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While most conventional tarps are rectangular, making for a narrow pitch, the 12-by-12-foot Mountain Shade creates a more spacious A-frame when strung up between trees or trekking poles. It sheltered three hikers and their gear during a March storm in Washington’s Alpine Lakes Wilderness, and the campers avoided drippy edges without crowding each other. It can be pitched as a picnic shade, lean-to, and more, and two grommets and six nylon webbing loops make fine-tuning tension easy. Bonus: The PU-coated, 68-denier ripstop nylon should last for years. $60; 1 lb. 14 oz.
Want more than a tarp but less than a tent? This shelter is structured, so when you pitch it with trekking poles, it resembles a floorless tent—but weighs less than a pound. It only pitches in one configuration, but in return you get no-fuss setup and excellent headroom and weather protection. The Spike‘s 31.3 square feet of floor space and 42.2-inch peak height proved plenty comfortable for our 5’11” tester in the Adirondacks. “I had lots of room to sit up and read, but getting my gear inside during a downpour required some Tetris moves,” he says. A swatch of floor fabric at the foot end keeps your legs from wandering outside, and a splash skirt seals out dribbles. The 30-denier silnylon repels heavy rain, and guyouts along the sides minimize sagging in a storm. Tip: Prop a foot-tall stick in the toebox for a little more room. $200; 14 oz.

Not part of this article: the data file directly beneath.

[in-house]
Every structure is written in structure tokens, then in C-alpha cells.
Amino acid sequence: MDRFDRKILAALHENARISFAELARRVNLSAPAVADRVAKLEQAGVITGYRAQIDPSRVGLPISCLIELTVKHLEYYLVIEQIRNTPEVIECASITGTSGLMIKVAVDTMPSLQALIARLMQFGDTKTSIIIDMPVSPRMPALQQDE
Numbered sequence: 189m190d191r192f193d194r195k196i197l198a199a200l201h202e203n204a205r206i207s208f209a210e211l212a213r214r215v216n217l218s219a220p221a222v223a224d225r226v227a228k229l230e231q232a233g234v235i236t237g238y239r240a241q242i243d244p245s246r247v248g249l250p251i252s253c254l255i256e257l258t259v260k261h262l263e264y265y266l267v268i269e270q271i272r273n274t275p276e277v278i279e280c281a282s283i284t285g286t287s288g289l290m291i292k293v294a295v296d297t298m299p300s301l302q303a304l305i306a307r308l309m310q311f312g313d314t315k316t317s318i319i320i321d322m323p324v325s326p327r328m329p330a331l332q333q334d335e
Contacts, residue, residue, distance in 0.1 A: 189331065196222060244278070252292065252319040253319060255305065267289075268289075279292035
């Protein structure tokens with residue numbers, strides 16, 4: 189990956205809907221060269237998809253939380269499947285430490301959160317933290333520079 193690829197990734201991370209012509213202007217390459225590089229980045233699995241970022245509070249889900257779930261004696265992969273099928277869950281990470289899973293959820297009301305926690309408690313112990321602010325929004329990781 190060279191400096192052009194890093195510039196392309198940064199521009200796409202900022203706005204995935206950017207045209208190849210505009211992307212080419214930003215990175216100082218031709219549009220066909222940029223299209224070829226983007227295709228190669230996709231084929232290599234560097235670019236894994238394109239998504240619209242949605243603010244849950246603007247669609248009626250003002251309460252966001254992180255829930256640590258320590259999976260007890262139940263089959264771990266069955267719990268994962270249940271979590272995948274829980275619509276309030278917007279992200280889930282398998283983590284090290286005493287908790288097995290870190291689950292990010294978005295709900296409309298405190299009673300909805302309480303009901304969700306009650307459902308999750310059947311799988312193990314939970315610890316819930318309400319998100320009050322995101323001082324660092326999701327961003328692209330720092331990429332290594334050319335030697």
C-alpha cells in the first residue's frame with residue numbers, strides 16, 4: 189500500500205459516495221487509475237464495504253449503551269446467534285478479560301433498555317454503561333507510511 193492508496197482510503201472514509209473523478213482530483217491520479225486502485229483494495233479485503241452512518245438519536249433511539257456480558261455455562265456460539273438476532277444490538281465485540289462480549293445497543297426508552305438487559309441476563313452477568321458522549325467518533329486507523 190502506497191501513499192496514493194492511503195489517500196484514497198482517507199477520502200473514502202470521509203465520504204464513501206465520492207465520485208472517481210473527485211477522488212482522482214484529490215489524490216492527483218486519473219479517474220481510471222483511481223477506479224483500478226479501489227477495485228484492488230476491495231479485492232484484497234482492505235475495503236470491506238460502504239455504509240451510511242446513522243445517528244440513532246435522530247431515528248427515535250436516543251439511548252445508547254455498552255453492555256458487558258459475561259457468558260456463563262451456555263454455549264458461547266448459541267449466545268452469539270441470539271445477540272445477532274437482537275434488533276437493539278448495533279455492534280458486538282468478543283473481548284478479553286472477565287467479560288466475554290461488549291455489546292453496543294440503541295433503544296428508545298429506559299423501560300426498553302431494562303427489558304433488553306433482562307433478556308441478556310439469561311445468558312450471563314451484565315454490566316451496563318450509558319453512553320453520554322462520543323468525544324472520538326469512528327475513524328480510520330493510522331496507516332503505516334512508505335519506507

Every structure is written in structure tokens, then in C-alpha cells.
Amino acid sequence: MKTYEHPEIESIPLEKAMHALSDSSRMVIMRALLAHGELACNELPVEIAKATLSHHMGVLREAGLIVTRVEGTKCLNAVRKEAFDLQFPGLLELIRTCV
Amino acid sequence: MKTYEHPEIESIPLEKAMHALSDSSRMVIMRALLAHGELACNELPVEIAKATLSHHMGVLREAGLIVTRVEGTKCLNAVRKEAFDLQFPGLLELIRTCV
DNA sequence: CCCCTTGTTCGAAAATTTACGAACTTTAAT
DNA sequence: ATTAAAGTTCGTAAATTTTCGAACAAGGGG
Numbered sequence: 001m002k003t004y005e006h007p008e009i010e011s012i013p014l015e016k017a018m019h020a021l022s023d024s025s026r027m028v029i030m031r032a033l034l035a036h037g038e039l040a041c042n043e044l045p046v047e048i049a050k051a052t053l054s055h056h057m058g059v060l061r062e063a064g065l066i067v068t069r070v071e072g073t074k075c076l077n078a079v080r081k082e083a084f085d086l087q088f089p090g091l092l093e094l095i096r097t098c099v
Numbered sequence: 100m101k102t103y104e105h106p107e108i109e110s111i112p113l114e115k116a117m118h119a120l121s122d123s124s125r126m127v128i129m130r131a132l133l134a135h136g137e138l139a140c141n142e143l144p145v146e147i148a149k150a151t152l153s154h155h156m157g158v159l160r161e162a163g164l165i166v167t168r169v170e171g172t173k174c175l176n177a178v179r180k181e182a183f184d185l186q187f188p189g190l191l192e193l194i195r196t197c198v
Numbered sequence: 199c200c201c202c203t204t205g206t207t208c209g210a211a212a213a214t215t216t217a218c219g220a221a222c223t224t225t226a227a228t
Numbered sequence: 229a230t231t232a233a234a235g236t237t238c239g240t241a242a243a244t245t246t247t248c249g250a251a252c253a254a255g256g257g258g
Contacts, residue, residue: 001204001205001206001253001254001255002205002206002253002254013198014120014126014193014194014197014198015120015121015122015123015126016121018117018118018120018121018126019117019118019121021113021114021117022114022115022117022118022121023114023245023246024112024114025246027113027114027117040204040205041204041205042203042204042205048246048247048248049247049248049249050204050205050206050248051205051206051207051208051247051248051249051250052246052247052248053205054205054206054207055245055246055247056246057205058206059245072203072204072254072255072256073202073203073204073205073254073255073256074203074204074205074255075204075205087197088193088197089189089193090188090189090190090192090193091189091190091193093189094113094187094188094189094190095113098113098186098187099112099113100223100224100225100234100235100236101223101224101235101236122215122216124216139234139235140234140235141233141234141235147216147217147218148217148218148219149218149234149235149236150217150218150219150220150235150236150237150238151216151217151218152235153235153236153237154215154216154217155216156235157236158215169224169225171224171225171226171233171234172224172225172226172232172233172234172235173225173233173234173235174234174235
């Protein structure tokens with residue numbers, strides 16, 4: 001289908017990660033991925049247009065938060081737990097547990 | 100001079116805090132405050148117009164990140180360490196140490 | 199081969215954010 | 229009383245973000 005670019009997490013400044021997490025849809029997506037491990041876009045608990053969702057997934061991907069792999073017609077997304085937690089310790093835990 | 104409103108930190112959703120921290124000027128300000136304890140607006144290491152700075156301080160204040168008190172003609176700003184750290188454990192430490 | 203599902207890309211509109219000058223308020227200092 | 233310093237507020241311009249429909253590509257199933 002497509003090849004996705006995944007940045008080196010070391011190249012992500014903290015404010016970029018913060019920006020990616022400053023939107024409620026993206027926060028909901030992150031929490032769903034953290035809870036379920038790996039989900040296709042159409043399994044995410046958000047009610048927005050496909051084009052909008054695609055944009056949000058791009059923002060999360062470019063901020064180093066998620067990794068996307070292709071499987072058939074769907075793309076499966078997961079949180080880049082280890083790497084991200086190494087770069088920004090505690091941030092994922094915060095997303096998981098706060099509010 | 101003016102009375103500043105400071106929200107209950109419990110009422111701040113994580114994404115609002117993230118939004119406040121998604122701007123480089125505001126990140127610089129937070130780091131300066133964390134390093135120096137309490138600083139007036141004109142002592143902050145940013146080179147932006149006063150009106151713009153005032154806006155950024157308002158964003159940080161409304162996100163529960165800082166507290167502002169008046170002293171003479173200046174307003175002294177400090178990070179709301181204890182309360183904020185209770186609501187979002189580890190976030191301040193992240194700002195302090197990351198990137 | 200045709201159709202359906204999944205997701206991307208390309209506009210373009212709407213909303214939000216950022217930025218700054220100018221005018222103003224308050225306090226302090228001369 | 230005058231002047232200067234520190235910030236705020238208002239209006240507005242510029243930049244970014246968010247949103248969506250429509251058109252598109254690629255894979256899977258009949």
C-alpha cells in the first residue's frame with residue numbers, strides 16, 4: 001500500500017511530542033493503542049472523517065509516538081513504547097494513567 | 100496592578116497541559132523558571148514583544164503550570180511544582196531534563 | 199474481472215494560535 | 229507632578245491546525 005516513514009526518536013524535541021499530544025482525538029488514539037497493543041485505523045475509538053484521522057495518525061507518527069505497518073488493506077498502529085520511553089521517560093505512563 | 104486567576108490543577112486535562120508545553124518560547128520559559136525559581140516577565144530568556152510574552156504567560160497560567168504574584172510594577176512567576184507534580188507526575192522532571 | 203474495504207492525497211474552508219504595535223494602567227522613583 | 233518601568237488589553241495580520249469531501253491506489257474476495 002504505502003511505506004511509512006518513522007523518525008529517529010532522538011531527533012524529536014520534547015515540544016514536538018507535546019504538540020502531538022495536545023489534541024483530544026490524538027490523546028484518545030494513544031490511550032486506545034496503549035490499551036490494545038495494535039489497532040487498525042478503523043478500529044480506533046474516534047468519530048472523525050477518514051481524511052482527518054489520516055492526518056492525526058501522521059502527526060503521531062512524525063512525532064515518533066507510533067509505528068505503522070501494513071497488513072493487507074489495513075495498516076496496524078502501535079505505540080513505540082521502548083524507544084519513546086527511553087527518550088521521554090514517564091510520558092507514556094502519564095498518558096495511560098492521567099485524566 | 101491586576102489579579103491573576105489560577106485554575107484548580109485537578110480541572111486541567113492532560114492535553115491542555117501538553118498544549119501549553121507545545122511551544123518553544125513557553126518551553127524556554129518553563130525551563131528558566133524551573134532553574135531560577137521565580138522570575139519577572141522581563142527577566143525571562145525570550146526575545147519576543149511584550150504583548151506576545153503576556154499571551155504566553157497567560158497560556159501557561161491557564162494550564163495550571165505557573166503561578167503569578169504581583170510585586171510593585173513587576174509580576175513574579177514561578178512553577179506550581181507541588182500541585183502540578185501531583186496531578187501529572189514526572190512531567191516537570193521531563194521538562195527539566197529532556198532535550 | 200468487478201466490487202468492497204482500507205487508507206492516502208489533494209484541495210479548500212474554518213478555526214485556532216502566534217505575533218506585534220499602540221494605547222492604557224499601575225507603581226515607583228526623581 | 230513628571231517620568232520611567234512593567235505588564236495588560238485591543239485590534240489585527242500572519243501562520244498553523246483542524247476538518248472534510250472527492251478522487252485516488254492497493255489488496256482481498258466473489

If weight and durability are your primary criteria for buying a tarp—cost be damned—you won’t find a better shelter then the UltaMid 4. It comes in at only 6 ounces per head, thanks to light-but-strong (and expensive) Dyneema fabric. During one tester’s December climb of Washington’s Mt. Baker, the UltaMid shed wet, heavy snow and withstood 30-mph winds with no issues. (A small galaxy of guyouts braces the shelter against mountain weather, keeping it stable despite the 75-inch peak height.) Setup’s a snap: Stake out the corners, use the strap ($12; sold separately) to connect two trekking poles, and pitch the tarp pyramid-style for a roomy refuge. “On Baker, the UltaMid easily housed my group of four, including packs and climbing gear,” our tester says. Ding: no snow skirts. $865; 1 lb. 7 oz.
Reality check: A poncho-tarp doesn’t do either job as well as two dedicated pieces of gear. But it sure is lighter. For gram counters who prize weight savings above all, this shelter-jacket keeps you (mostly) dry, and packs down to the size of an orange. To pitch it as a tarp, close the hood with an overhand knot, unbutton the sides, and prop it up on trekking poles to create a 102-by-55-inch, one-person shelter. “When I got it positioned just right in a lean-to pitch, it kept me dry all night, but I wouldn’t trust it in more than a moderate breeze,” our tester says. During an overnight in Rocky Mountain National Park, he only got a little clammy when hiking with it in poncho mode in 60°F temps (the silnylon doesn’t breathe, but a flowy cut keeps some air circulating), and the poncho was big enough that it fully covered his pack. Bummer: BYO guylines and stakes. $69; 7 oz.